South Africans hoarding R1.7 trillion cash – which comes with a risk

Household deposits in banks in South Africa exceeded R1.7 trillion in 2023, but holding cash comes with some risk.

This is according to PSG Wealth head of sales Nirdev Desai, who said the word ‘cash’ includes assets that range from short-term deposits – 15 days’ notice – to bonds with longer-term maturity dates – typically 10 to 30 years.

He described these investors as “sitting on the sidelines of the market” by holding cash reserves while waiting for better investment opportunities. 

He pointed to data from the National Treasury showing that household deposits in South African banks exceeded R1.7 trillion in 2023.

This is about three times higher than the norm since the inception of this measurement, and this trend can also be observed in global markets.

“Warren Buffett of Berkshire Hathaway wrote in his latest annual letter to investors that they’re struggling to find good investment opportunities and are sitting on piles of cash themselves,” Desai said. 

“When these are the words of arguably the most respected value investor, it’s a good indicator that many others will be sitting on cash – waiting for better opportunities to invest in growth assets when the time is right.”

He said if investors intend to include cash holdings in their portfolios, it is critical to acknowledge that cash is not always a failsafe option.

In addition, guarantees are – at best – only as good as the word of the guarantor. Therefore, it is important to understand these risks and how to mitigate them.

Desai listed a few prominent risks as being associated with holding cash as an investment.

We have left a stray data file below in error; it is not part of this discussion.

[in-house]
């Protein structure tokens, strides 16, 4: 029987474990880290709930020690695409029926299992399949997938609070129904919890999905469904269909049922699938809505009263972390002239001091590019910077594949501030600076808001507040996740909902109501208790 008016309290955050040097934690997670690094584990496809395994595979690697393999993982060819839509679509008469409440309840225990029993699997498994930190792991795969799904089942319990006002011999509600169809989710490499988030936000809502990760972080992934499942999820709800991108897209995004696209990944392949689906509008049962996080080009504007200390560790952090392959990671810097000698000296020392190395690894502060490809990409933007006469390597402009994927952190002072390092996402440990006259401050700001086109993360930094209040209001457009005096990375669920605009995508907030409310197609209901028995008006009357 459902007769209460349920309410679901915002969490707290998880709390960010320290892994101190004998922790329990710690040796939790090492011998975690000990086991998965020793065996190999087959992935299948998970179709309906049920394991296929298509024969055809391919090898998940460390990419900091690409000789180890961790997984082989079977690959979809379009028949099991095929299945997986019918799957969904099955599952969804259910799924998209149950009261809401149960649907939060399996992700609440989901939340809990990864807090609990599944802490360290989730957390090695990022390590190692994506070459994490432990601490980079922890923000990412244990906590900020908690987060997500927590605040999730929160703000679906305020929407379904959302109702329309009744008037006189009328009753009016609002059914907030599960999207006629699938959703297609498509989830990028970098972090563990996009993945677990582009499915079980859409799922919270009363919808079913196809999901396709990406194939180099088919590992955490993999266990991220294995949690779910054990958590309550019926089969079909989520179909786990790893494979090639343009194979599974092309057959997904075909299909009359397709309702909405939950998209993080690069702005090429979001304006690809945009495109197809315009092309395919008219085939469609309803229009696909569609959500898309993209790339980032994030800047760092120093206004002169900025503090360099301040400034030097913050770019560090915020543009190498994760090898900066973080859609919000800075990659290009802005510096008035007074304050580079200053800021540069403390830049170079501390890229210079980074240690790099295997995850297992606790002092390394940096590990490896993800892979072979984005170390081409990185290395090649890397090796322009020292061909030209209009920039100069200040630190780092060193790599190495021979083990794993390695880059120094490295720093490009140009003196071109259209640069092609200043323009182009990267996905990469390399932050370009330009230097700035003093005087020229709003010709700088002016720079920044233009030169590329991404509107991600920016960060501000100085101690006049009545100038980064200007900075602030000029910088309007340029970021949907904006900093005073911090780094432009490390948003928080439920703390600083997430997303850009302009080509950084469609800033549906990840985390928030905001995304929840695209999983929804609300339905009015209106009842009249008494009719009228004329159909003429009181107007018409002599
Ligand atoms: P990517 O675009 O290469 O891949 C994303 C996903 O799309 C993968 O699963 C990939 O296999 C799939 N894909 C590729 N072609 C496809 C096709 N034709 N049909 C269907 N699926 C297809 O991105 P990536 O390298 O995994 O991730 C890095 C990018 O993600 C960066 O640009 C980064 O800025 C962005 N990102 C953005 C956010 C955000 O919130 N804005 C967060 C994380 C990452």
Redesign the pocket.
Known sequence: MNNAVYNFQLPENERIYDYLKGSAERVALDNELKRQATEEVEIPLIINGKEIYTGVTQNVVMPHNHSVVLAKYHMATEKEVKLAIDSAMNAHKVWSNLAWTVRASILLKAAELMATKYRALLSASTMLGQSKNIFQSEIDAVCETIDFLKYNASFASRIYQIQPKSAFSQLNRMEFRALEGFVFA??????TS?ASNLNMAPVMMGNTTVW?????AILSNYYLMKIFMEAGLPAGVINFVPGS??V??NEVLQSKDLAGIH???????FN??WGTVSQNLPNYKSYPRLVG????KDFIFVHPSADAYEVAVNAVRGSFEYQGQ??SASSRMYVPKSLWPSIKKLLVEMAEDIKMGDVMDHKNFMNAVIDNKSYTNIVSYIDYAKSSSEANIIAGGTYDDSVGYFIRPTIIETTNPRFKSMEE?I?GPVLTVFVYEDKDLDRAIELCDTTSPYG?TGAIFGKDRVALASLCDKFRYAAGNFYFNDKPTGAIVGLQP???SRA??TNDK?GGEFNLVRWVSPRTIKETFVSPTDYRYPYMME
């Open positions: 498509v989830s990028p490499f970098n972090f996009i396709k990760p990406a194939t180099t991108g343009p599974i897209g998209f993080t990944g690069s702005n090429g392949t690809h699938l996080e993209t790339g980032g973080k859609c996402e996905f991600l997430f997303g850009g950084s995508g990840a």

Single counterparty risk

It is typical for a bank to lend to the market against its own book. This book comprises, amongst others, deposits invested in the banks by investors.

Therefore, the risks associated with investments with a single counterparty, such as a bank, are that investors only get exposure to the quality of the book lent out by a single institution.

The investments are, therefore, linked to lenders’ ability to pay back their loans and the institution’s ability to manage these obligations sustainably.

Risk of defaults

While cash assets offer less market volatility than equities, they also carry the risk of defaults and ‘haircuts’—reductions in asset value. 

Several banking institutions have come under the spotlight over the last few years, both locally and abroad, for the risk linked to their deposits.

One of the larger banks in the US, Silicon Valley Bank, defaulted in 2023, and 13 South African banks defaulted in the 30-year period before 2018.

“Defaults are not as rare as many investors may think,” Desai warned.


Desai said investors have some protection against these risks. For example, if a bank defaults or is unable to cover its liabilities, its ability to pay depositors back is stressed, and depositors will have to negotiate terms to get their deposits back. 

Locally, the South African Reserve Bank’s Deposit Insurance Scheme offers backing for depositors, but this insurance is limited to R100,000 and is claimable on a case-by-case basis.

Desai advised investors to make sure they hold cash for the right reasons to protect their investments.

“It is wise to hold some cash for emergencies, and a prudent guideline for this is three times your monthly income,” he said. 

“Surplus cash reserves should be diversified appropriately to mitigate exposure to single counterparties and to achieve exposure to different kinds of cash assets, such as negotiable certificates of deposit and different grades of debt.” 

He said PSG Wealth believes it is prudent to allocate less than 7.5% of your investment exposure to a diversified portfolio of cash.

He said cash for emergencies and any other known liabilities should preferably be invested in a transactional facility.


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